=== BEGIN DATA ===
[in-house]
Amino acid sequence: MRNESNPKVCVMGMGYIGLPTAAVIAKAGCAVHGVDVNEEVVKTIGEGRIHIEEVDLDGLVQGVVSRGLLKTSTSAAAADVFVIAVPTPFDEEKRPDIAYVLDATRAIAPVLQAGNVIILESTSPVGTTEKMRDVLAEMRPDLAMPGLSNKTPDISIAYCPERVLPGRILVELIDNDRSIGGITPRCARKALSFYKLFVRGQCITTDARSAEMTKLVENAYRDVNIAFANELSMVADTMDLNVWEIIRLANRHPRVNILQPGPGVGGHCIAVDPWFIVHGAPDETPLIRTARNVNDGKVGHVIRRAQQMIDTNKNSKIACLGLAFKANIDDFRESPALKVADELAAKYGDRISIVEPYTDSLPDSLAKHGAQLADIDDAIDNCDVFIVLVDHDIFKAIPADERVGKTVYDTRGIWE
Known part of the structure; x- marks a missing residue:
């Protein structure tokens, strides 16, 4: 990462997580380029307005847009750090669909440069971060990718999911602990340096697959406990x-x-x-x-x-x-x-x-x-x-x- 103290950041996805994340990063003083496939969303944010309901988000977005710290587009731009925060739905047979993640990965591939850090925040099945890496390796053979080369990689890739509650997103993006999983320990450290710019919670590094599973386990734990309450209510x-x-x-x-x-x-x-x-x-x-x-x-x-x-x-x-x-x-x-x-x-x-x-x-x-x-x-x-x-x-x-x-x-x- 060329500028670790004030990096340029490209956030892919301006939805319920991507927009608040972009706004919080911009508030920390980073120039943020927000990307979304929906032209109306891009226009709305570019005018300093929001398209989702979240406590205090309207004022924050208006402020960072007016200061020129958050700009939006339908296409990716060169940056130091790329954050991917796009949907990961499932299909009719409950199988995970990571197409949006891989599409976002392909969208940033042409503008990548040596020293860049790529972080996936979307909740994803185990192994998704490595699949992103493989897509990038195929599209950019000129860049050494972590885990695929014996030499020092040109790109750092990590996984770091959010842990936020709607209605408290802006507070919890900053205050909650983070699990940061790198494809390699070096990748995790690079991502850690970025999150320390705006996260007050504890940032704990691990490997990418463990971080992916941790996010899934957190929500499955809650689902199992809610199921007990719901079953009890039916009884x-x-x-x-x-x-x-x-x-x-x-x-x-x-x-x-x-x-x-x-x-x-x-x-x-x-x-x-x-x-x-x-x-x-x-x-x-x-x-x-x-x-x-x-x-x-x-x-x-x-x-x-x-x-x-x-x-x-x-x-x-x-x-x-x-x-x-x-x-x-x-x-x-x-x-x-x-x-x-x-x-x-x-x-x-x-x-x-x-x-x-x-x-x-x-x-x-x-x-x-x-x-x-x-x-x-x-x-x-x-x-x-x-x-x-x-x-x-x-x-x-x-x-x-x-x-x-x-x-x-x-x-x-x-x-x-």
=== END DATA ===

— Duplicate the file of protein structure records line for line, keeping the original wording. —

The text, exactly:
[in-house]
Amino acid sequence: MRNESNPKVCVMGMGYIGLPTAAVIAKAGCAVHGVDVNEEVVKTIGEGRIHIEEVDLDGLVQGVVSRGLLKTSTSAAAADVFVIAVPTPFDEEKRPDIAYVLDATRAIAPVLQAGNVIILESTSPVGTTEKMRDVLAEMRPDLAMPGLSNKTPDISIAYCPERVLPGRILVELIDNDRSIGGITPRCARKALSFYKLFVRGQCITTDARSAEMTKLVENAYRDVNIAFANELSMVADTMDLNVWEIIRLANRHPRVNILQPGPGVGGHCIAVDPWFIVHGAPDETPLIRTARNVNDGKVGHVIRRAQQMIDTNKNSKIACLGLAFKANIDDFRESPALKVADELAAKYGDRISIVEPYTDSLPDSLAKHGAQLADIDDAIDNCDVFIVLVDHDIFKAIPADERVGKTVYDTRGIWE
Known part of the structure; x- marks a missing residue:
């Protein structure tokens, strides 16, 4: 990462997580380029307005847009750090669909440069971060990718999911602990340096697959406990x-x-x-x-x-x-x-x-x-x-x- 103290950041996805994340990063003083496939969303944010309901988000977005710290587009731009925060739905047979993640990965591939850090925040099945890496390796053979080369990689890739509650997103993006999983320990450290710019919670590094599973386990734990309450209510x-x-x-x-x-x-x-x-x-x-x-x-x-x-x-x-x-x-x-x-x-x-x-x-x-x-x-x-x-x-x-x-x-x- 060329500028670790004030990096340029490209956030892919301006939805319920991507927009608040972009706004919080911009508030920390980073120039943020927000990307979304929906032209109306891009226009709305570019005018300093929001398209989702979240406590205090309207004022924050208006402020960072007016200061020129958050700009939006339908296409990716060169940056130091790329954050991917796009949907990961499932299909009719409950199988995970990571197409949006891989599409976002392909969208940033042409503008990548040596020293860049790529972080996936979307909740994803185990192994998704490595699949992103493989897509990038195929599209950019000129860049050494972590885990695929014996030499020092040109790109750092990590996984770091959010842990936020709607209605408290802006507070919890900053205050909650983070699990940061790198494809390699070096990748995790690079991502850690970025999150320390705006996260007050504890940032704990691990490997990418463990971080992916941790996010899934957190929500499955809650689902199992809610199921007990719901079953009890039916009884x-x-x-x-x-x-x-x-x-x-x-x-x-x-x-x-x-x-x-x-x-x-x-x-x-x-x-x-x-x-x-x-x-x-x-x-x-x-x-x-x-x-x-x-x-x-x-x-x-x-x-x-x-x-x-x-x-x-x-x-x-x-x-x-x-x-x-x-x-x-x-x-x-x-x-x-x-x-x-x-x-x-x-x-x-x-x-x-x-x-x-x-x-x-x-x-x-x-x-x-x-x-x-x-x-x-x-x-x-x-x-x-x-x-x-x-x-x-x-x-x-x-x-x-x-x-x-x-x-x-x-x-x-x-x-x-």